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Impacts of waste from concentrated animal feeding operations on water quality

Environmental Health Perspectives

By:
, , , , , ,
DOI: 10.1289/ehp.8839

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Abstract

Waste from agricultural livestock operations has been a long-standing concern with respect to contamination of water resources, particularly in terms of nutrient pollution. However, the recent growth of concentrated animal feeding operations (CAFOs) presents a greater risk to water quality because of both the increased volume of waste and to contaminants that may be present (e.g., antibiotics and other veterinary drugs) that may have both environmental and public health importance. Based on available data, generally accepted livestock waste management practices do not adequately or effectively protect water resources from contamination with excessive nutrients, microbial pathogens, and pharmaceuticals present in the waste. Impacts on surface water sources and wildlife have been documented in many agricultural areas in the United States. Potential impacts on human and environmental health from long-term inadvertent exposure to water contaminated with pharmaceuticals and other compounds are a growing public concern. This workgroup, which is part of the Conference on Environmental Health Impacts of Concentrated Animal Feeding Operations: Anticipating Hazards-Searching for Solutions, identified needs for rigorous ecosystem monitoring in the vicinity of CAFOs and for improved characterization of major toxicants affecting the environment and human health. Last, there is a need to promote and enforce best practices to minimize inputs of nutrients and toxicants from CAFOs into freshwater and marine ecosystems.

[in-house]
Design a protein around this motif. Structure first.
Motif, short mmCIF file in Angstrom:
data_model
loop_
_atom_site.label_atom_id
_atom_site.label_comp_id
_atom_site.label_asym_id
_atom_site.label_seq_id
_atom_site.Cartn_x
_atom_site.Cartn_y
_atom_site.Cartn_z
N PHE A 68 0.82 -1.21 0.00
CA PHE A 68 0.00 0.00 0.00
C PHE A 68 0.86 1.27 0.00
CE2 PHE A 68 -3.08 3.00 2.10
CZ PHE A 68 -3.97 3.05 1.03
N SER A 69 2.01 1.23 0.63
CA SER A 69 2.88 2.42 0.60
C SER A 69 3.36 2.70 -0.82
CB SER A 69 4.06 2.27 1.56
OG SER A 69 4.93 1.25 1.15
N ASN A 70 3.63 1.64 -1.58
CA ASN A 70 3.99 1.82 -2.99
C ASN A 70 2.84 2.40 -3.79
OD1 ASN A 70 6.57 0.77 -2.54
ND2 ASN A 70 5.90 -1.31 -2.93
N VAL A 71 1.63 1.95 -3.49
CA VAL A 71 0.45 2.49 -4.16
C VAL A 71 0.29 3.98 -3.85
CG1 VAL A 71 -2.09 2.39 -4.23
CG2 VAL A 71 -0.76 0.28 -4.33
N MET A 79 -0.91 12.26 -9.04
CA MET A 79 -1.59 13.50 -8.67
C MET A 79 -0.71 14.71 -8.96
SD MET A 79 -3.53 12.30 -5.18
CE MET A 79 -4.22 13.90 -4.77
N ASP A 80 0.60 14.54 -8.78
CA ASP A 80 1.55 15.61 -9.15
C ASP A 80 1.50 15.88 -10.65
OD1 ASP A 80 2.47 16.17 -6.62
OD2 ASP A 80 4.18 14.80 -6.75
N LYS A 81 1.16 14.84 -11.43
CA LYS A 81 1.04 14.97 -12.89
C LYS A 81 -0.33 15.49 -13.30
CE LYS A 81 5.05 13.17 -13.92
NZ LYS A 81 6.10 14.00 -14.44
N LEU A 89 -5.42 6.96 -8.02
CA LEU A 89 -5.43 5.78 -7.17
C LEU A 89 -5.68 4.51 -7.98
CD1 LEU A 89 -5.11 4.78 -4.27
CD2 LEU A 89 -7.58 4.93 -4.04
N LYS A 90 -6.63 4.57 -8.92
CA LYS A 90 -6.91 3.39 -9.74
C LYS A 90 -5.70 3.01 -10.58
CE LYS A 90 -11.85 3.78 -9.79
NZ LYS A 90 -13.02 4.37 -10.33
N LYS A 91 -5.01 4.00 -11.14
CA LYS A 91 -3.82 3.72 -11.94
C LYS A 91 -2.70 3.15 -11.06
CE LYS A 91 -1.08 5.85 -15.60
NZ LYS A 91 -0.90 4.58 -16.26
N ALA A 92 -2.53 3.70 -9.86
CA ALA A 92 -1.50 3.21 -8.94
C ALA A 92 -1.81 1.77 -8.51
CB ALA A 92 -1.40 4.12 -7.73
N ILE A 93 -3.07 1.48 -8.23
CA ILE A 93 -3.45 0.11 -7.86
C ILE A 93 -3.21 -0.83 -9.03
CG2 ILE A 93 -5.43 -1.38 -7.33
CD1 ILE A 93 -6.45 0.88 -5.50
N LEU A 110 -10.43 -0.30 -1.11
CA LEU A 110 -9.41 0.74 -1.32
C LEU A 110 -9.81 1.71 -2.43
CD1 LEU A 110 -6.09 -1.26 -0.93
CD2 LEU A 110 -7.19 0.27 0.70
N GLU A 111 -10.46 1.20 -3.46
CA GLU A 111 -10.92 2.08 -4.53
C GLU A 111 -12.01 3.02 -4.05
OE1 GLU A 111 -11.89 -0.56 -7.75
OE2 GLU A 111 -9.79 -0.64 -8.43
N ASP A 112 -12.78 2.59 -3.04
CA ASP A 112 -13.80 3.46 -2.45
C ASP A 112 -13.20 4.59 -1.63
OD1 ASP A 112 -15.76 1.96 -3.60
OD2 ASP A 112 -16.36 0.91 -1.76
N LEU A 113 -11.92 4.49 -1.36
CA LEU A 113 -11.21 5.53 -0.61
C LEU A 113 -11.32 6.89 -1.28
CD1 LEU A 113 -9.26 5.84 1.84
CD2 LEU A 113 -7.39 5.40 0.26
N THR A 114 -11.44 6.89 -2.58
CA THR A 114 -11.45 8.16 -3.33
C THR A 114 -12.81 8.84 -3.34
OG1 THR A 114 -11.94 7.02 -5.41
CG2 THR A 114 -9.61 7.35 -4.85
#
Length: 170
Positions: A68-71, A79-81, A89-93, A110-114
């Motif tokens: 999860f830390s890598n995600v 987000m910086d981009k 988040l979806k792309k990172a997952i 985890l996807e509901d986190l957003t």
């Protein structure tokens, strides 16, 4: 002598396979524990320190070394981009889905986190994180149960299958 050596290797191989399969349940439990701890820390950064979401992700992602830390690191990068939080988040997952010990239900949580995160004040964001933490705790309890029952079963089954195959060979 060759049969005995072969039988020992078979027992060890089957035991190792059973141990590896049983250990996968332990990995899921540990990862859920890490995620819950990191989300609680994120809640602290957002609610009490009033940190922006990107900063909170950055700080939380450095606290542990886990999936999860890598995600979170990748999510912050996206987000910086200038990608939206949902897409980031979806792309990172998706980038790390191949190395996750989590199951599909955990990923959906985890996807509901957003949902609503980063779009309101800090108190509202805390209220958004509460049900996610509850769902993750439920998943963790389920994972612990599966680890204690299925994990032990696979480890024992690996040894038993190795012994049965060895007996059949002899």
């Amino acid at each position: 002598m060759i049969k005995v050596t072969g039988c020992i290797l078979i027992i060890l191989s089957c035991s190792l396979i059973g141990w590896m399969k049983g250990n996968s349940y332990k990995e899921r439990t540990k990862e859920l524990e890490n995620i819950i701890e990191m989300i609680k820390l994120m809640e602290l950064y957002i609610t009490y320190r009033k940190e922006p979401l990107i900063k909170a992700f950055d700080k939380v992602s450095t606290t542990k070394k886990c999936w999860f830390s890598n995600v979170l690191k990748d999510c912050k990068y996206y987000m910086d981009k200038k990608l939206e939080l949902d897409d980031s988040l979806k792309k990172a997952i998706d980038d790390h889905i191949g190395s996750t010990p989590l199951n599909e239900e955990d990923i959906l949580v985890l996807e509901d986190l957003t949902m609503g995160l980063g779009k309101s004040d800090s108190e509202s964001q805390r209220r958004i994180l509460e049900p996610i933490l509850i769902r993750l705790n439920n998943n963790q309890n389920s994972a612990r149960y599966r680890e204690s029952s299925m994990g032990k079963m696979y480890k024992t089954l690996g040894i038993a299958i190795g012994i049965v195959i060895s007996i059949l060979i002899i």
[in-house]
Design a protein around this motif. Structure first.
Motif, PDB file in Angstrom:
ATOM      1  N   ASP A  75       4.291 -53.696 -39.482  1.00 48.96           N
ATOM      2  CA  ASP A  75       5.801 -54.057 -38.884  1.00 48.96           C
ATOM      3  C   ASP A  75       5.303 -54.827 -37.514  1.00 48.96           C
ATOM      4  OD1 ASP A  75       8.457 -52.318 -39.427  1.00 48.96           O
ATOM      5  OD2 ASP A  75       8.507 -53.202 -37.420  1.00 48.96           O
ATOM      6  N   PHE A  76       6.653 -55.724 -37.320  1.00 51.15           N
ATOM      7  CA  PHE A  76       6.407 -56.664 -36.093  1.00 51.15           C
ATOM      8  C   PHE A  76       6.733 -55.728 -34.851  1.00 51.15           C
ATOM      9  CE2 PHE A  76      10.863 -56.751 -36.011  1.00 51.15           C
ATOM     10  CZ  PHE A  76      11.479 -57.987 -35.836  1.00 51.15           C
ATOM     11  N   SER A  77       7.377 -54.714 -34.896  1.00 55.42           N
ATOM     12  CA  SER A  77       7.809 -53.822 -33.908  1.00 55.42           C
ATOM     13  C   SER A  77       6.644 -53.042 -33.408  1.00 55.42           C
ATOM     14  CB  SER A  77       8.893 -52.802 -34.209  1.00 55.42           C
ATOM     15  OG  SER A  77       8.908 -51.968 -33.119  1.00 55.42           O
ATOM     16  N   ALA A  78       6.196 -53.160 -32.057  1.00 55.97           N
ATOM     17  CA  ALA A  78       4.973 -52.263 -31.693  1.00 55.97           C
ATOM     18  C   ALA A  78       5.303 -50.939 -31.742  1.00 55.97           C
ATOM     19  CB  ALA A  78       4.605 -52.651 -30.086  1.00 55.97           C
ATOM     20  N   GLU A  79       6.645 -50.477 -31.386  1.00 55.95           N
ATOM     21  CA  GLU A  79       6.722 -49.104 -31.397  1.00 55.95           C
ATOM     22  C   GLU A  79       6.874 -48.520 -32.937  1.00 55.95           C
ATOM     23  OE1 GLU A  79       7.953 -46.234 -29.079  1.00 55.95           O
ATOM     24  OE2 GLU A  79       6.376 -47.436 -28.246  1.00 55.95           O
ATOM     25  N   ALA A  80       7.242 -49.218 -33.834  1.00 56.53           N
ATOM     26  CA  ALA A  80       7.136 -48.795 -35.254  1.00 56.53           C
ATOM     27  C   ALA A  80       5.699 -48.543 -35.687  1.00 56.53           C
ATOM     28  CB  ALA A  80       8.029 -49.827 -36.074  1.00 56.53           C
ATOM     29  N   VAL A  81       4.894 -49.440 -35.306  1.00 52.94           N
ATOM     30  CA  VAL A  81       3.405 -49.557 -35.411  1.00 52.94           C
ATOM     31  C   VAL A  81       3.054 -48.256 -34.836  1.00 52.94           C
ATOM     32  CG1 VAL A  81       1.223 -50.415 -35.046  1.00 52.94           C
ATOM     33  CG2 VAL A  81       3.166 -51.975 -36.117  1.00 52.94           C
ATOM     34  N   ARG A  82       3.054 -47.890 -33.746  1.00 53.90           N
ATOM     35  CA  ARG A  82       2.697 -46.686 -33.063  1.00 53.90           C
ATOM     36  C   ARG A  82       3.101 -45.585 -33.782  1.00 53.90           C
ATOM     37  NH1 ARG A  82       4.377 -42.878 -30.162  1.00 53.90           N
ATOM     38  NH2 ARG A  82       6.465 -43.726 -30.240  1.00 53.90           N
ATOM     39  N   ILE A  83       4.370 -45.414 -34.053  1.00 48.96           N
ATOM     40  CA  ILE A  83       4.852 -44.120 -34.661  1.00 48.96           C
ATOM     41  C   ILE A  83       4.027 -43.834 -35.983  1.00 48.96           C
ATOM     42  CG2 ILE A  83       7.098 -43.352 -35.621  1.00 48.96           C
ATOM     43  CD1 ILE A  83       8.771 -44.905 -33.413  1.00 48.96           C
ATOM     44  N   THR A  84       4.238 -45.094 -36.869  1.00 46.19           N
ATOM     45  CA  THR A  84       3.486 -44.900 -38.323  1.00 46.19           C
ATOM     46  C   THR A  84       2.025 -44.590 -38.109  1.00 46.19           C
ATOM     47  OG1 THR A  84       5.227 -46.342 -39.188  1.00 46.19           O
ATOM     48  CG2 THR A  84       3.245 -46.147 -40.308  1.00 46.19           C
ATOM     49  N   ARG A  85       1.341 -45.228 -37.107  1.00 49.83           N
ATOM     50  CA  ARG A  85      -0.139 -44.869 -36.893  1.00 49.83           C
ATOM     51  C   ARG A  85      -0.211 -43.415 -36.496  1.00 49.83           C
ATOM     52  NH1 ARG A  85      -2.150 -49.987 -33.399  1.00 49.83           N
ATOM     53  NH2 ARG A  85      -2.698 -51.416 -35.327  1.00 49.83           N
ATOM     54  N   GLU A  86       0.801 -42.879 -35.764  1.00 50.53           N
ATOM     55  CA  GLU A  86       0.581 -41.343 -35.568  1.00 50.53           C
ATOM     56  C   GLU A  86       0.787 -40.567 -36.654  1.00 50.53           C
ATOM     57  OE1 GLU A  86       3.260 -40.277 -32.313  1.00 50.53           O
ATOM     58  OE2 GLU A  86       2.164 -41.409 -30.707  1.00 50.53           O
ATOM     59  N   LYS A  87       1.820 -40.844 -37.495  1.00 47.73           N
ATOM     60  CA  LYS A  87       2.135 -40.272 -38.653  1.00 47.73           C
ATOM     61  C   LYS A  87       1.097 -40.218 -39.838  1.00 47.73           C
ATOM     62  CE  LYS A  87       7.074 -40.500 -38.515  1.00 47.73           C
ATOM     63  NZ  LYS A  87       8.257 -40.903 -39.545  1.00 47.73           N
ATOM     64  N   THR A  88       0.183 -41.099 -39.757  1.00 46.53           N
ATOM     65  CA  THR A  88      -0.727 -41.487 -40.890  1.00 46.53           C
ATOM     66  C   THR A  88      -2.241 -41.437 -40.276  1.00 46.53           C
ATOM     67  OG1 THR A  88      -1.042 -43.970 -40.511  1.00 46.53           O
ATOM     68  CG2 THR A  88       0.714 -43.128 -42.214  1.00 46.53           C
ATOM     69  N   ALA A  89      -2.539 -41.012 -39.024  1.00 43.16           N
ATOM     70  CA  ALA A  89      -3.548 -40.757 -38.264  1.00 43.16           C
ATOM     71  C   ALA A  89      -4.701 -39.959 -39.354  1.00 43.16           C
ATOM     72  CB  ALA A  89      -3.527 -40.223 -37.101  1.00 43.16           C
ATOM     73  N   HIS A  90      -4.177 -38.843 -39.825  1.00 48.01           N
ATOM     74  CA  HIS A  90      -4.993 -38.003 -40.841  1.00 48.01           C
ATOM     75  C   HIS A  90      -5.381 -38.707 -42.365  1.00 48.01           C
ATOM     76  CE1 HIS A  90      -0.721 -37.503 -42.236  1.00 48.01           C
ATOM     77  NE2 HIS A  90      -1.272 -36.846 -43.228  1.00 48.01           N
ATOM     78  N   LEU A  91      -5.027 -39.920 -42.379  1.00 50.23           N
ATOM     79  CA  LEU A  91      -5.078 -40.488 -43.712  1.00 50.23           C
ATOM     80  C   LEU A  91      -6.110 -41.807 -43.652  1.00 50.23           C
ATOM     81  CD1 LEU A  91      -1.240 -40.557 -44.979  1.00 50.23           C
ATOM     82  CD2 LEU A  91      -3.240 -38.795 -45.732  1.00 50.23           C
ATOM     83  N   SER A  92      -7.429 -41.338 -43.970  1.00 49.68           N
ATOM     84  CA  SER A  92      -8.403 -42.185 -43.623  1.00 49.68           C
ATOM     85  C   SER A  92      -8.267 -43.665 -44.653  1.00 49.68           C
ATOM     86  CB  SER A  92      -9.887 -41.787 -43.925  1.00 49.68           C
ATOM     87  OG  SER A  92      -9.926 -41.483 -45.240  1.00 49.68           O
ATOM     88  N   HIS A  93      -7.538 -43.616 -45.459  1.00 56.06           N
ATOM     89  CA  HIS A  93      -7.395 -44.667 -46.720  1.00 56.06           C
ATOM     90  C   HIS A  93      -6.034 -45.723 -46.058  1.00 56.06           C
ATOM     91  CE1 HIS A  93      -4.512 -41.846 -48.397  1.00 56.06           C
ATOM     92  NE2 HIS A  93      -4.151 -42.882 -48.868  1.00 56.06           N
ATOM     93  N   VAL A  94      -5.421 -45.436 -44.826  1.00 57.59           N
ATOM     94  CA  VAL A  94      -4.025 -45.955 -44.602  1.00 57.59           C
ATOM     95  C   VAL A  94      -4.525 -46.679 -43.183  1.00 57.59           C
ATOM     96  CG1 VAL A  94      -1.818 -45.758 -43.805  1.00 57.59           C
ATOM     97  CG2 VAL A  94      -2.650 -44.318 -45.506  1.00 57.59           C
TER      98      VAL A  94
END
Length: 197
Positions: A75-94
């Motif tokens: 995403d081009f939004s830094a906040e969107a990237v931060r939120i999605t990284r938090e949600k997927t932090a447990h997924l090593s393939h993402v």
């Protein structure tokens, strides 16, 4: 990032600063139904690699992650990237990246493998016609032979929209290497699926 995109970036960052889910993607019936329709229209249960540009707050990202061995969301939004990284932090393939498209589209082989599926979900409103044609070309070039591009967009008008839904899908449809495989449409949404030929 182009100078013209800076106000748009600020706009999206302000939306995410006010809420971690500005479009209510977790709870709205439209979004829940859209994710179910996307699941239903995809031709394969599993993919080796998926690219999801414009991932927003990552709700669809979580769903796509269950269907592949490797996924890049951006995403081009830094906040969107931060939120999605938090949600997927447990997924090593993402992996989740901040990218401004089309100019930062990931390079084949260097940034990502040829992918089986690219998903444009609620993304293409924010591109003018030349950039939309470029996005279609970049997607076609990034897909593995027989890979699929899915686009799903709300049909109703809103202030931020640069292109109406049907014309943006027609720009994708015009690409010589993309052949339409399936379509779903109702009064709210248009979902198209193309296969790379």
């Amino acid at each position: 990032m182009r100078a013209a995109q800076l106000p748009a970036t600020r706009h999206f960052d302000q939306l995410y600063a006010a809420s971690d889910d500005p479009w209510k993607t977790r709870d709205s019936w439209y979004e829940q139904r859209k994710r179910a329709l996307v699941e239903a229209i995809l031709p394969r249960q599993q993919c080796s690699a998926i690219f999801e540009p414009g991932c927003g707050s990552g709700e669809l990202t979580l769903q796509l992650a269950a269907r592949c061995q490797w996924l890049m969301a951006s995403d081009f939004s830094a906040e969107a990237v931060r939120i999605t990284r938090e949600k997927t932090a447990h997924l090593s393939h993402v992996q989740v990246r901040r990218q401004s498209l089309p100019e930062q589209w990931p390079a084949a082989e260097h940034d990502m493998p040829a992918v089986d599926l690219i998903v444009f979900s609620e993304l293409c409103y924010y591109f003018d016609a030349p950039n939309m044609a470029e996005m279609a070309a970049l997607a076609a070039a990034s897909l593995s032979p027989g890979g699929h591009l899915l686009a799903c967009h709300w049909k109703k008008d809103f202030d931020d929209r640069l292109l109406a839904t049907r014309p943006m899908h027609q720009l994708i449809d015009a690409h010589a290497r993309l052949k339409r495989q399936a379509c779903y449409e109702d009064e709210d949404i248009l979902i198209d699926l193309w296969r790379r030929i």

Additional Publication Details

Publication type:
Article
Publication Subtype:
Journal Article
Title:
Impacts of waste from concentrated animal feeding operations on water quality
Series title:
Environmental Health Perspectives
DOI:
10.1289/ehp.8839
Volume
115
Issue:
2
Year Published:
2007
Language:
English
Larger Work Type:
Article
Larger Work Subtype:
Journal Article
First page:
308
Last page:
312
Number of Pages:
5